An investigation by the Associated Press published this week found that there is a downward trend in amounts of food distributed by food banks across the country. But the amount of food distributed by partner food banks of Feeding America, a nonprofit that coordinates efforts of more than 200 food banks nationwide, remains at more than 55 percent above pre-pandemic levels.

Congressional Democrats are attempting to craft a massive bill that will include a number of priorities that indirectly touch upon food insecurity, including an extension of the child tax credit, the provision of free school meals and universal pre-K, and an expansion of health coverage. But the bill, which Democrats hope to pass through the complicated and unwieldy reconciliation process in order to circumvent a Republican filibuster, is far from finalized. There are ongoing disputes among Democrats about how much the bill should cost, as well as which provisions should be included and which may need to be cut or slimmed down.

It is easy to be overwhelmed by the din of intraparty squabbles over the reconciliation bill; behind those scenes, Congress is taking some action to address food insecurity. The House Rules Committee has held a series of roundtable discussions on the topic since June, and its chair, McGovern, has a keen interest in the issue: He serves as  the co-chair of the House Hunger Caucus and is the founder of the bipartisan Food Is Medicine working group, which aims to address the intersection of hunger and health. Last month, McGovern sent a letter signed by all House committee chairs to President Joe Biden, urging him to “convene a national conference on food, nutrition, hunger, and health” that would “design a roadmap to end hunger in America by 2030.” The last time the White House held such a conference was during the Nixon administration.

The Rules Committee held a roundtable on Wednesday focusing on “family budgets and food insecurity,” and studying the intersection of food insecurity with issues such as health care, affordable housing, utility costs, criminal justice, and public transportation. (The Rules Committee oversees the process by which a bill passes the House, but this does not preclude it from addressing issues of hunger. “The Rules Committee—we have no jurisdictional constraints, so we can do whatever the hell we want to do,” McGovern said on Wednesday.)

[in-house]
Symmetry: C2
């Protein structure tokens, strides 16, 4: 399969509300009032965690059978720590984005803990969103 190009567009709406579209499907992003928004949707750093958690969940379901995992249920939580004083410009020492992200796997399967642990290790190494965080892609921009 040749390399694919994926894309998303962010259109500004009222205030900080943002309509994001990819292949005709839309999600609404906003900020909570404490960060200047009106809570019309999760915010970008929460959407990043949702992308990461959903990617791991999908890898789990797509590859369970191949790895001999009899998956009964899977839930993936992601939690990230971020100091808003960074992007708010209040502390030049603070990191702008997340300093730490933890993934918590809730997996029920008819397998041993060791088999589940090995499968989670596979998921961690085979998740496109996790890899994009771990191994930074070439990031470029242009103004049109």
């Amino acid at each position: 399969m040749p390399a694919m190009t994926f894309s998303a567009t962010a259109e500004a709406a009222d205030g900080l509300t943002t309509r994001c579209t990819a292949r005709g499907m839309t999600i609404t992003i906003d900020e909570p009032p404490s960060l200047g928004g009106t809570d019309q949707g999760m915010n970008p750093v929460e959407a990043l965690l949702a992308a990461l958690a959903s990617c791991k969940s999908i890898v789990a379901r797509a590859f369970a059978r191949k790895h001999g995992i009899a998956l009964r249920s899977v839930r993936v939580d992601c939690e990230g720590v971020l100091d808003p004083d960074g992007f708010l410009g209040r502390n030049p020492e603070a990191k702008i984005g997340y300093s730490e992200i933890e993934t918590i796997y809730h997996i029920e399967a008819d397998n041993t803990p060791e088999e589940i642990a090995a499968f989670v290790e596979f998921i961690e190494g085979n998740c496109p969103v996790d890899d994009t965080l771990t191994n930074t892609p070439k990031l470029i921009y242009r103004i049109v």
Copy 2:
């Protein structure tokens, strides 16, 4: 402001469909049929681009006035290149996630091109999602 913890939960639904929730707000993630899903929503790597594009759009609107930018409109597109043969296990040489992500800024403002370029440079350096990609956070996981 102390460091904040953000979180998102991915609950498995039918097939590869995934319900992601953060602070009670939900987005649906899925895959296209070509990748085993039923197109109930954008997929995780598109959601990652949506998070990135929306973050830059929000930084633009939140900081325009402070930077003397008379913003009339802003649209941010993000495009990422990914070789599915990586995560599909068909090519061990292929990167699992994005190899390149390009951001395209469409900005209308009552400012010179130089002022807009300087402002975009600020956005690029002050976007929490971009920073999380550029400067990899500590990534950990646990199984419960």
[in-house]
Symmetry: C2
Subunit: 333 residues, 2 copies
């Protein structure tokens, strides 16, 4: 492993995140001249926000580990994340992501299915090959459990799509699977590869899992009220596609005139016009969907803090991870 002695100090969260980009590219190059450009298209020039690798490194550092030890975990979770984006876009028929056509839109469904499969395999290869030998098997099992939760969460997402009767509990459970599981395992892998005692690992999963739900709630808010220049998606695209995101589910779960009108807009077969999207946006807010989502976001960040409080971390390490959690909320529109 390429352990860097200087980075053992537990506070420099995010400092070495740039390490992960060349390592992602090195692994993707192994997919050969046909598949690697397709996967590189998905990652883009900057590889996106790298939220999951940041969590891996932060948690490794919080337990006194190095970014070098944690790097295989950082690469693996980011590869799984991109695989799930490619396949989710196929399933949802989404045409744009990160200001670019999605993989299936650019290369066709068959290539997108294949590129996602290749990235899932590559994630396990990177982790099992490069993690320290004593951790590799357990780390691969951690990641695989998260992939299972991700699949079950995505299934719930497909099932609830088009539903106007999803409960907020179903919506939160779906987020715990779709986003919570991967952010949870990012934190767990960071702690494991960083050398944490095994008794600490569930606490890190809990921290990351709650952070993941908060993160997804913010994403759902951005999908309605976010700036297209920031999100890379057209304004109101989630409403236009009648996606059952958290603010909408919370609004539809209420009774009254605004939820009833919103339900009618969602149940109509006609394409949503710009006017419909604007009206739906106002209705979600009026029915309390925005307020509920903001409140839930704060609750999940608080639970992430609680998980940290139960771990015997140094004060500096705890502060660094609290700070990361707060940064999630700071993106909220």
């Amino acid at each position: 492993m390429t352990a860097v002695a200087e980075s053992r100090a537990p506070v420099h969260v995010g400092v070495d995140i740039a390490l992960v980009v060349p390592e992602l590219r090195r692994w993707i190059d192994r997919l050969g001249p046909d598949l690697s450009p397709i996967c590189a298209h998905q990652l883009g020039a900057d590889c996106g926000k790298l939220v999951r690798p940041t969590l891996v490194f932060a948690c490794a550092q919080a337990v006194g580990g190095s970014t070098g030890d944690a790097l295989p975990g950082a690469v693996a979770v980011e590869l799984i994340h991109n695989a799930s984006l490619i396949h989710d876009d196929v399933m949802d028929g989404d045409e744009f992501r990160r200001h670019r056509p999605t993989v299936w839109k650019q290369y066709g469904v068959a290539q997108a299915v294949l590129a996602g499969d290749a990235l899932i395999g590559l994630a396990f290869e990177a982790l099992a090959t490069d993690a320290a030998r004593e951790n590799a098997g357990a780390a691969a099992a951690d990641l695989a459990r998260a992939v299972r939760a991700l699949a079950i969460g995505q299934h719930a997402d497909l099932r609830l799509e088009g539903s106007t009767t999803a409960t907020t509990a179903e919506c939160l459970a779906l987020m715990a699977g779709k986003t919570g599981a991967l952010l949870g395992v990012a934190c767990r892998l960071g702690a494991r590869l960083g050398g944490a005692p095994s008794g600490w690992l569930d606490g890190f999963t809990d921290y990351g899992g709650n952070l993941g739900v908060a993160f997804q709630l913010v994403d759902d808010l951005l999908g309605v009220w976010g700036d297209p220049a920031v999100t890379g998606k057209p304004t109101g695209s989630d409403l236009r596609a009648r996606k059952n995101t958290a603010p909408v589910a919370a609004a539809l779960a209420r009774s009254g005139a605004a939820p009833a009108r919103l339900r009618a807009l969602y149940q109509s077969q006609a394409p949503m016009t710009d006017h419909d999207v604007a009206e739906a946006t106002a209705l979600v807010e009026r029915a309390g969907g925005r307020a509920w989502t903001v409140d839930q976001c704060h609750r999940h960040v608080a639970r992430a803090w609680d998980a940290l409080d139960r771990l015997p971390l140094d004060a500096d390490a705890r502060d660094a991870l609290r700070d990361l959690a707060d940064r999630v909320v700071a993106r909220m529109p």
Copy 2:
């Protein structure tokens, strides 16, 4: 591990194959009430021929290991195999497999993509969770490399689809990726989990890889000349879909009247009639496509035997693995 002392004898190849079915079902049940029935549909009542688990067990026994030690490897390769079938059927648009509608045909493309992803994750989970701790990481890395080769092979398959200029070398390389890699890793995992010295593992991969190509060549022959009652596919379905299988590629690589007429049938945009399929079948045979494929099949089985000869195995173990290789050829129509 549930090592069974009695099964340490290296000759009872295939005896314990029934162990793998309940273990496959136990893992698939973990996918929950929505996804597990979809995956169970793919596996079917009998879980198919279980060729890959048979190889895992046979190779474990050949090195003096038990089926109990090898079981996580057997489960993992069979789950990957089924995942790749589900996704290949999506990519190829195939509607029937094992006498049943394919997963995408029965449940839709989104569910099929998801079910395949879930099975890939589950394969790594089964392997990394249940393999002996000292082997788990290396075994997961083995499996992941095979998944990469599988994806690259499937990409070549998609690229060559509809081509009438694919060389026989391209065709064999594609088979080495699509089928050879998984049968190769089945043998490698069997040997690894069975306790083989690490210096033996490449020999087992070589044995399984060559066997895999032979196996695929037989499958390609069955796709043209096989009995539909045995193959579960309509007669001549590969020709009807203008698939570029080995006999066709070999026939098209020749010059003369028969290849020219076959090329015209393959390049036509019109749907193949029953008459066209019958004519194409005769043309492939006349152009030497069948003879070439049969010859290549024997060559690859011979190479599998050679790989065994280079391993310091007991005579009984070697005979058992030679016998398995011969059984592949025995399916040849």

But the confluence of these issues also highlights the difficulties that poor Americans face just in the functioning of everyday life. This can result in “decision fatigue,” the exhaustion that comes from having to make a series of difficult choices related to housing, health care, childcare, obtaining food, and the other everyday stressors that are significantly more challenging for low-income Americans.

“For an average middle-class, upper-middle-class individual, these decisions are nothing,” said Miranda Miller-Klugesherz, the director of the Kansas Alliance for Wellness. But on top of the “extreme stress and trauma” of poverty, low-income Americans have “so many poor decisions in front of [them]”; they can only afford unhealthy foods, for example, or can’t pay both a doctor’s bill and a utilities bill.

Jamila Michener, the co-director of the Center for Health Equity at Cornell University, said that power was at the crux of these issues. Decision fatigue “essentially comes from having to fight for your basic existence,” she said, and not having human dignity recognized.

“It means that your lived experiences are not visible to people who are in power,” Michener said, leading to those in power opposing policies that can help low-income Americans.

The primary issue, panelists argued, is not that it is impossible to overcome food insecurity, but that those in power may not help low-income Americans do so.

“The challenge here is deciding whether we are who we say we are,” said Cliff Johnson, the director of the MacArthur Justice Center at the University of Mississippi School of Law. “It’s a matter of values, and personal and political will.”

Read More

Leave a Reply

Your email address will not be published. Required fields are marked *